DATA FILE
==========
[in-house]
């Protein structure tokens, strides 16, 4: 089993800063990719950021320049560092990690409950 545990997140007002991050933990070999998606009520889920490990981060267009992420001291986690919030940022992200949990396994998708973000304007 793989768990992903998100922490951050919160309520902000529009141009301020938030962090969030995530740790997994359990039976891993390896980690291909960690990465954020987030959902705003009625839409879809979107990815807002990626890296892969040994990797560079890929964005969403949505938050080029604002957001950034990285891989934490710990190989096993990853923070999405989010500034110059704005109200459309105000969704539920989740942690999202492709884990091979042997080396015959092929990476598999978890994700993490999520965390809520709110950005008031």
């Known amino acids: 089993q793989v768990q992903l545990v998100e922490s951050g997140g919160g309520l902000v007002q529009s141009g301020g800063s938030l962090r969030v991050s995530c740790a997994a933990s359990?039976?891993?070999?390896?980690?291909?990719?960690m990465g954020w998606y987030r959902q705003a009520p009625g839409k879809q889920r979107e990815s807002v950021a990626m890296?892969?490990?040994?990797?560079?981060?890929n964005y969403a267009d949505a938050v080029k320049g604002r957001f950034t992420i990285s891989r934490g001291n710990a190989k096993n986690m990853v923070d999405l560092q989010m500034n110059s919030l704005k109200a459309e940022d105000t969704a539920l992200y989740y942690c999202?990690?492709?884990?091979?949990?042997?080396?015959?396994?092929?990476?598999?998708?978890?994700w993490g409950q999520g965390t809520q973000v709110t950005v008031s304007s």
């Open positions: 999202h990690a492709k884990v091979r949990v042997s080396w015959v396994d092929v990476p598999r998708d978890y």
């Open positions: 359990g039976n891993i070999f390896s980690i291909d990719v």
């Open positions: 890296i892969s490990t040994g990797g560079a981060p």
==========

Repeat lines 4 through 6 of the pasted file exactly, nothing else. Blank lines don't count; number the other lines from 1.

């Open positions: 999202h990690a492709k884990v091979r949990v042997s080396w015959v396994d092929v990476p598999r998708d978890y």
């Open positions: 359990g039976n891993i070999f390896s980690i291909d990719v």
């Open positions: 890296i892969s490990t040994g990797g560079a981060p």